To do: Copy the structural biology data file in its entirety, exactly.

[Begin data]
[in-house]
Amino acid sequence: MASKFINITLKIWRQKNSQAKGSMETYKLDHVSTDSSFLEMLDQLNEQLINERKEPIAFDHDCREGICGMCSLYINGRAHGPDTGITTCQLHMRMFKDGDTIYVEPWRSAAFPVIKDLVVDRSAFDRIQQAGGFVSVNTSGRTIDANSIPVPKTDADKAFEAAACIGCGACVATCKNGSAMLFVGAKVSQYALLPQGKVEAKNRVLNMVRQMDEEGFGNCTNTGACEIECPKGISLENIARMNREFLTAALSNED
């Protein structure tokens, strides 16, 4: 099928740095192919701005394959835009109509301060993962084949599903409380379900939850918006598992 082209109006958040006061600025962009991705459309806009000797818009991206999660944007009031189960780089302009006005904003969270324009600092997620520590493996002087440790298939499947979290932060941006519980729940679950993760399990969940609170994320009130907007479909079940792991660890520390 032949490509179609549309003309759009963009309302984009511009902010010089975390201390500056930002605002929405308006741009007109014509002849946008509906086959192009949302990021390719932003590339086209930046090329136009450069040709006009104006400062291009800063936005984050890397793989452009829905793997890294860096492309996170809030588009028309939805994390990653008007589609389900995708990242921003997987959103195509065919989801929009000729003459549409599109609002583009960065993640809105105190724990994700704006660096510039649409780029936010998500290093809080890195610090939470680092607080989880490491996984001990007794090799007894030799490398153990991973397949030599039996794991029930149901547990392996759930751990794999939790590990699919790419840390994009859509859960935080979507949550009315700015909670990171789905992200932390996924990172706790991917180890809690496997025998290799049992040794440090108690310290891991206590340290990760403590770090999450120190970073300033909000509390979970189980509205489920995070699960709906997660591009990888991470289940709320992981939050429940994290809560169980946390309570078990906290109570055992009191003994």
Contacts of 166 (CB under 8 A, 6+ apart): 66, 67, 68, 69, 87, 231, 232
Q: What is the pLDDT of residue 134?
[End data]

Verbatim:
[in-house]
Amino acid sequence: MASKFINITLKIWRQKNSQAKGSMETYKLDHVSTDSSFLEMLDQLNEQLINERKEPIAFDHDCREGICGMCSLYINGRAHGPDTGITTCQLHMRMFKDGDTIYVEPWRSAAFPVIKDLVVDRSAFDRIQQAGGFVSVNTSGRTIDANSIPVPKTDADKAFEAAACIGCGACVATCKNGSAMLFVGAKVSQYALLPQGKVEAKNRVLNMVRQMDEEGFGNCTNTGACEIECPKGISLENIARMNREFLTAALSNED
């Protein structure tokens, strides 16, 4: 099928740095192919701005394959835009109509301060993962084949599903409380379900939850918006598992 082209109006958040006061600025962009991705459309806009000797818009991206999660944007009031189960780089302009006005904003969270324009600092997620520590493996002087440790298939499947979290932060941006519980729940679950993760399990969940609170994320009130907007479909079940792991660890520390 032949490509179609549309003309759009963009309302984009511009902010010089975390201390500056930002605002929405308006741009007109014509002849946008509906086959192009949302990021390719932003590339086209930046090329136009450069040709006009104006400062291009800063936005984050890397793989452009829905793997890294860096492309996170809030588009028309939805994390990653008007589609389900995708990242921003997987959103195509065919989801929009000729003459549409599109609002583009960065993640809105105190724990994700704006660096510039649409780029936010998500290093809080890195610090939470680092607080989880490491996984001990007794090799007894030799490398153990991973397949030599039996794991029930149901547990392996759930751990794999939790590990699919790419840390994009859509859960935080979507949550009315700015909670990171789905992200932390996924990172706790991917180890809690496997025998290799049992040794440090108690310290891991206590340290990760403590770090999450120190970073300033909000509390979970189980509205489920995070699960709906997660591009990888991470289940709320992981939050429940994290809560169980946390309570078990906290109570055992009191003994």
Contacts of 166 (CB under 8 A, 6+ apart): 66, 67, 68, 69, 87, 231, 232
Q: What is the pLDDT of residue 134?